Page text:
SOPHIE HALABY, Palestine (1905 - 1998)
Written by Alessandra Amin
Sophie Halaby, widely known as one of Palestine’s pioneering female artists, was born in Jerusalem in 1905 to a Palestinian father and a Russian mother. Halaby, who came from a bourgeois family, was one of three children who would all make their mark on the cultural landscape; her younger sister, Asia (Anastasia), established an embroidery workshop that employed impoverished women after the Nakba, and her Oxford-educated older brother, Nicola, became a well-known architect. It has been assumed that Sophie was the niece of Khalil Halaby, the celebrated icon painter, and muralist, but this is an exaggeration, as the two were only very distantly related.
Sophie’s artistic talents emerged early on when she excelled at drawing flowers as a student at the British College for Girls in Jerusalem. Following secondary school, Halaby worked for the British Mandate government, but after four years grew restless and decided to pursue an arts education abroad. She studied in private Parisian studios between 1928 and 1933, and again in 1948-49 while avoiding the violence at home. She also studied in Italy during the 1956 Suez Crisis. From 1933 until her death in 1998, Halaby was based in the Palestinian capital, where she was born, though the Nakba forced her to relocate from West Jerusalem to East Jerusalem. Sophie was active in Jerusalem’s cultural scene and exhibited her work at every opportunity, including at the YWCA and in Asia’s workshop, which attracted a good number of tourists. In 1950, this workshop relocated from the basement of their home to a storefront on Zahra Street, where the sisters sold handicrafts as well as Sophie’s watercolors.
Although she also worked with oil paints, Halaby is best remembered for her watercolors, which treat the subjects of figures, portraits, still lives, and landscapes exclusively. These are conservative, European academic genres, traditionally understood to prepare painters for larger religious or historical compositions, but, as abstract painter Samia Halaby has noted, Sophie Halaby did not show any interest in pursuing more complex subject matters, preferring instead to work in these “lesser” categories throughout her career. Samia Halaby attributes this penchant to Sophie’s bourgeois upbringing, suggesting that paintings of landscapes and flowers were what appealed to the tastes of her class. To her social background we might add the fact that, by the 1920s, the hierarchy of genre that formerly reigned supreme in the French academy had started to disintegrate, with large scale historical paintings falling out of fashion; furthermore, as an Arab woman training in Paris during this time, it is unlikely that Halaby would have been encouraged to pursue more prestigious modes of artistic production. The sampling of Halaby’s work in the Ramzi & Saeda Dalloul Collection is indicative of her wider oeuvre, attesting to her sustained engagement with floral and fruit motifs.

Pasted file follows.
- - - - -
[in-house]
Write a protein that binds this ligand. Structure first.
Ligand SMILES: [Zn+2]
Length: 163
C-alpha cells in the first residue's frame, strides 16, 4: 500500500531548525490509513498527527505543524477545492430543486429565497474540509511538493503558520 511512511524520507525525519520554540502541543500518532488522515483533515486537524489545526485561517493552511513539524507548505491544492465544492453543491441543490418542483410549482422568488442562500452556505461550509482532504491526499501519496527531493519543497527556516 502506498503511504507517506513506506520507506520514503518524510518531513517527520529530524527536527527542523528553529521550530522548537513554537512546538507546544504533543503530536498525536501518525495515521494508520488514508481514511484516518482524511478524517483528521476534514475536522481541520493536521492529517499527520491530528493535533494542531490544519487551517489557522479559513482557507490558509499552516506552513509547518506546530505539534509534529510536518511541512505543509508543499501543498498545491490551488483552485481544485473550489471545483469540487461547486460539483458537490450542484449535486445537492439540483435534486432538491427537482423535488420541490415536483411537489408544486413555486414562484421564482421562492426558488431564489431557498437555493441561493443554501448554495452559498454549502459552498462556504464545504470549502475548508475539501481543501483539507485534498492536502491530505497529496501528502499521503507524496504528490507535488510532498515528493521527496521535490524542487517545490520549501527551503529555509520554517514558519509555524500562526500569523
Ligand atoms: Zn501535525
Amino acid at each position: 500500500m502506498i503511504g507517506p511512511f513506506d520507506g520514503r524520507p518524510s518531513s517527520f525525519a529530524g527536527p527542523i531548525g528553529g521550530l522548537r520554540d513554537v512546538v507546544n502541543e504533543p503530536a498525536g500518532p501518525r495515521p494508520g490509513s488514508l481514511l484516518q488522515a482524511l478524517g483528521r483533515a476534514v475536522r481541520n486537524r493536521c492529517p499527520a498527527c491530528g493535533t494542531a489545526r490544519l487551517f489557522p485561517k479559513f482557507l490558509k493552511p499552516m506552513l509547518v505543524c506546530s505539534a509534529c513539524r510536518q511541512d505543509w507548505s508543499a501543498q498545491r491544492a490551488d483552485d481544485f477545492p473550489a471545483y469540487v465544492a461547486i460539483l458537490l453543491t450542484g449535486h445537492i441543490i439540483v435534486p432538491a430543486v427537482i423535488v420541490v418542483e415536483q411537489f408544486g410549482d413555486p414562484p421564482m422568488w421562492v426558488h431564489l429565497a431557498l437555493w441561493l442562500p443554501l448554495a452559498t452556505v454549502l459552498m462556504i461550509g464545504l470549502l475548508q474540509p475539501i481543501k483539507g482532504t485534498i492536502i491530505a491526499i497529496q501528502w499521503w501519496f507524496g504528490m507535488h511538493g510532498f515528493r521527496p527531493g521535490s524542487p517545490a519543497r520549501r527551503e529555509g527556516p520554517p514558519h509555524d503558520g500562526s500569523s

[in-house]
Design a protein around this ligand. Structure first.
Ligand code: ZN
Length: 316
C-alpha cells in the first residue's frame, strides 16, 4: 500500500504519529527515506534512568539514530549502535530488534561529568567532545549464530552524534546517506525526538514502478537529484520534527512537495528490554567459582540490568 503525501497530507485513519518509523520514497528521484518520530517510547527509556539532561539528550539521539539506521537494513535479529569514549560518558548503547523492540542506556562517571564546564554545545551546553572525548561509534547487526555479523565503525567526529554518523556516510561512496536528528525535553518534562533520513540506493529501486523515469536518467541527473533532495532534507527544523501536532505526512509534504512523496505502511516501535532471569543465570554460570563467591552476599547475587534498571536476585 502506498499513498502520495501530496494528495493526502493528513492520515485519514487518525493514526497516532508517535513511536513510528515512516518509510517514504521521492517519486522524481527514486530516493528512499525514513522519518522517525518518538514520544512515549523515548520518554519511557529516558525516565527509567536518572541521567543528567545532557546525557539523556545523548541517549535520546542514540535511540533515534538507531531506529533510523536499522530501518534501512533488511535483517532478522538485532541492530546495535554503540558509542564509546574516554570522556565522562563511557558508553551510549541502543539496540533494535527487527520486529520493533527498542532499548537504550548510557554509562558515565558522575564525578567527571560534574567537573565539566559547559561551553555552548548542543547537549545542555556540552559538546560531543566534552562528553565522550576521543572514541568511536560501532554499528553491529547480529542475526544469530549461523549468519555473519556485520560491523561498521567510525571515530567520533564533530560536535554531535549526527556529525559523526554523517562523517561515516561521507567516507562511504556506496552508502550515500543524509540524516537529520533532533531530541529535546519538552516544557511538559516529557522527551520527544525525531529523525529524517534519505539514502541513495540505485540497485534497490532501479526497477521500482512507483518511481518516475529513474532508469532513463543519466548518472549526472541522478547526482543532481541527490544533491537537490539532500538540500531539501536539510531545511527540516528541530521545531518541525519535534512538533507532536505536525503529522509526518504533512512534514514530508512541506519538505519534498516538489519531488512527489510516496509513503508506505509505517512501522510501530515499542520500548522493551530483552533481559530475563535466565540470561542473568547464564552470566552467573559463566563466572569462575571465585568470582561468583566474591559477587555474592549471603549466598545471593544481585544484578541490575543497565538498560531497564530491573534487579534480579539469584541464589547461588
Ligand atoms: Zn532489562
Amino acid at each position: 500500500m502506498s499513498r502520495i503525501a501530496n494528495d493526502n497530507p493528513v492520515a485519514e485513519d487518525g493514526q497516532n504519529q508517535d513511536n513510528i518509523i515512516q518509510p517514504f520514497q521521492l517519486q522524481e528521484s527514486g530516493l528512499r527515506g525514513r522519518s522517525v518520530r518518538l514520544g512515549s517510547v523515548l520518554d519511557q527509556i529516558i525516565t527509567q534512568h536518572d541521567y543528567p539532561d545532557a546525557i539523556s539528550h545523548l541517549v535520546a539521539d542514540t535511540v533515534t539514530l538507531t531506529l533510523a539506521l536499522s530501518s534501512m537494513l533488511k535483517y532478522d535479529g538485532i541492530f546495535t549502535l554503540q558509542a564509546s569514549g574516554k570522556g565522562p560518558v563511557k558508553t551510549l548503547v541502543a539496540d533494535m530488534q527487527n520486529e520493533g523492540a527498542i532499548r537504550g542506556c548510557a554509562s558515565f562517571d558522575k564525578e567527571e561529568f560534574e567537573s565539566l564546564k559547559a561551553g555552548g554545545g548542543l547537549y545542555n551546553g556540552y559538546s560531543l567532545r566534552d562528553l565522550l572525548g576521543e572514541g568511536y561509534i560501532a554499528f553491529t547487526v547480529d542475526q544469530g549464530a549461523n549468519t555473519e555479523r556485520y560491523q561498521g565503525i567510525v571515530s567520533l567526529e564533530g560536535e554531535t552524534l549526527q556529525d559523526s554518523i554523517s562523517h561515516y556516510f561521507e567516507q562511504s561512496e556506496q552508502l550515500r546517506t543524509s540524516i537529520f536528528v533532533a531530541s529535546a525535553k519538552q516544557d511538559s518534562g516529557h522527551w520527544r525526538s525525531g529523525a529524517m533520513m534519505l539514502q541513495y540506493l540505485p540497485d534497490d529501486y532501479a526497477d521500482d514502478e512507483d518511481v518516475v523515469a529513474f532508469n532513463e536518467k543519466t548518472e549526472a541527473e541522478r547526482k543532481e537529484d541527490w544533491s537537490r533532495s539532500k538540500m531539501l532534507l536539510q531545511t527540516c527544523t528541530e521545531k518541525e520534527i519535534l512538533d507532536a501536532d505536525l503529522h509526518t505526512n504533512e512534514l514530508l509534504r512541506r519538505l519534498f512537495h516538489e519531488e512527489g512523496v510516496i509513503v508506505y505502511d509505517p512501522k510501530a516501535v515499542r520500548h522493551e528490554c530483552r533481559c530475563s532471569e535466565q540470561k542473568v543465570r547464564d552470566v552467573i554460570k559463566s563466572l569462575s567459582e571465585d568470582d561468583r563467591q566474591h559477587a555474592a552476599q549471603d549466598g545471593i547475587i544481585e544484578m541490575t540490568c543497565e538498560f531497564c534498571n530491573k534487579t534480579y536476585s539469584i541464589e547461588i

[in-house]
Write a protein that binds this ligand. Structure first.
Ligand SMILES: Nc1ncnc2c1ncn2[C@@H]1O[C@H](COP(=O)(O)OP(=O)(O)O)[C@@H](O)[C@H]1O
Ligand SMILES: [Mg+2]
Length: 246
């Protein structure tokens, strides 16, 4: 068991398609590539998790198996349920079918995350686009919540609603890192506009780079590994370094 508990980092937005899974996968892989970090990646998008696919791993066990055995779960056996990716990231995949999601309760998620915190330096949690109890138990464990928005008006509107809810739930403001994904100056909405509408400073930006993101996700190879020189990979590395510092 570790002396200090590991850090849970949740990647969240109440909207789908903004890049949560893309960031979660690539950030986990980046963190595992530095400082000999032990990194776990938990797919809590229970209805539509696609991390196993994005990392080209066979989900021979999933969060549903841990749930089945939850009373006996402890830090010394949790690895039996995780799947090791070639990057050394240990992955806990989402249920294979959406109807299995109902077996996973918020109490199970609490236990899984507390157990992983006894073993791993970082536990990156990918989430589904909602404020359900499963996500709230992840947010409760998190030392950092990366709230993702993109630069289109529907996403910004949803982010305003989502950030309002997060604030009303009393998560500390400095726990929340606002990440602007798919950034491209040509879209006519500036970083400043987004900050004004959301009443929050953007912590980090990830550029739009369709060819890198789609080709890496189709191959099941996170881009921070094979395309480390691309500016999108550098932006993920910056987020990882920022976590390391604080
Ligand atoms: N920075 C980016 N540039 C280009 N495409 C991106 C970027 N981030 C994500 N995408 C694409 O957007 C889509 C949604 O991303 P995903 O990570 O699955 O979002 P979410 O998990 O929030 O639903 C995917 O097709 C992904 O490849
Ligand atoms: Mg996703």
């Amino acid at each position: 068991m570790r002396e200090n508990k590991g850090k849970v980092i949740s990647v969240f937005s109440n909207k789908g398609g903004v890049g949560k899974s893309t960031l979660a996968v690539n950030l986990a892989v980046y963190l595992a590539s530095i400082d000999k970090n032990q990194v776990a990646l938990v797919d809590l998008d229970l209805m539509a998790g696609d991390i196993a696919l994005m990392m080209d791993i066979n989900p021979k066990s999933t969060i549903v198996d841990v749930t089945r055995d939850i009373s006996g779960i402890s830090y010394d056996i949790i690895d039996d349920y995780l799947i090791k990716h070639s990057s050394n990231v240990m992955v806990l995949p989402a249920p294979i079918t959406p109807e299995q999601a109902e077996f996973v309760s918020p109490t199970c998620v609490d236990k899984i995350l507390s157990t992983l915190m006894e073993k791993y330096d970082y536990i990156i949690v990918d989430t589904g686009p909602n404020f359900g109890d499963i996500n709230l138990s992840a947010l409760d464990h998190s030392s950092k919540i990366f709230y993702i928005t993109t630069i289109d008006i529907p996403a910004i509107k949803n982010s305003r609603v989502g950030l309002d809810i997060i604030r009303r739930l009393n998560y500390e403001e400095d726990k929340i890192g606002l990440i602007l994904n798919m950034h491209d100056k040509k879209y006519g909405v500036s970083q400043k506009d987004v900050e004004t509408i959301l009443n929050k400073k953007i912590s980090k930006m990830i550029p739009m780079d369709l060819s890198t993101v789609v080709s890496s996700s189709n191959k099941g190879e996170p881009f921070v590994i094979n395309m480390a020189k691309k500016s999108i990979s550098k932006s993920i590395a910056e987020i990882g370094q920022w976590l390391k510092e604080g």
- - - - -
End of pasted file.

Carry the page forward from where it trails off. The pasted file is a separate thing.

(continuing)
Among Halaby’s landscapes, the area surrounding Jerusalem holds pride of place. Painted en plein air, often from a window or balcony view, her scenes of the city’s environs are usually devoid of human presence and even architecture; with some exceptions, they focus primarily on the natural features of the Palestinian countryside. While Halaby often used ink to render certain elements of her compositions more precise, many of her watercolor landscapes lack defined lines altogether, taking on an atmospheric, dreamlike quality one might even consider melancholic. This tendency is clear in several examples from the Ramzi & Saeda Dalloul Collection, where we see the hills of Palestine depicted in soft, oneiric greens, golds, blues, and browns that bleed seamlessly into one another.
Unlike European Orientalist painters of the Holy Land, Halaby did not paint sweeping panoramic views of Jerusalem, nor did she focus on religious sites or subject matter. In fact, the Ramzi & Saeda Dalloul foundation’s seemingly unfinished study of Christ on the cross is a rare example of religious iconography in Halaby’s work; although nominally Christian, Halaby was not known to be religious in the least, and along with her sister Asia remained aloof from the Russian Orthodox church to which her family kept close ties. Despite the cultural ties nurtured by her Russian mother, and the vivid tradition alive in contemporary Jerusalem, the artist never expressed an interest in icon painting.
Sophie Halaby’s life and work shed light on the visual culture of twentieth-century Jerusalem, where traditional artisanship like that of Asia Halaby and Jamal Badran coexisted and intermixed with Western traditions of painting that had only recently been embraced by the local intelligentsia. It also bears witness to a disappearing Palestinian landscape, memorialized and mythologized in the national imaginary.
Sources and further reading
Boullata, Kamal. Palestinian Art from 1850 to the Present.London: Saqi, 2009.
Halaby, Samia. “Sophie Halaby, Palestinian Artist of the Twentieth Century.” Jerusalem Quarterlyno. 61 (2015): pp. 84-100.
Schor, Laura S. Sophie Halaby in Jerusalem: An Artist’s Life.Syracuse: Syracuse University Press, 2019.
Sherwell, Tina. “Halaby, Sophie (1906-1998).” Routledge Encyclopedia of Modernism online, https://www.rem.routledge.com/articles/halaby-sophie-1906-1998.
Selected Group Exhibitions
Intimate Terrains: Representations of a Disappearing Landscape, the Palestinian Museum, Birzeit, Occupied Palestine
Contemplations, Al Hoash Gallery, Jerusalem, Occupied Palestine
Tallat: Women’s Art in Palestine, National Theater of Jerusalem, Occupied Palestine
Yvette & Mazen Qupty Art Collection, Jerusalem, Occupied Palestine
Ramzi & Saeda Dalloul Art Foundation, Beirut, Lebanon
Birzeit University Museum, Birzeit, Occupied Palestine
The Nusseibeh Family Collection, Occupied Palestine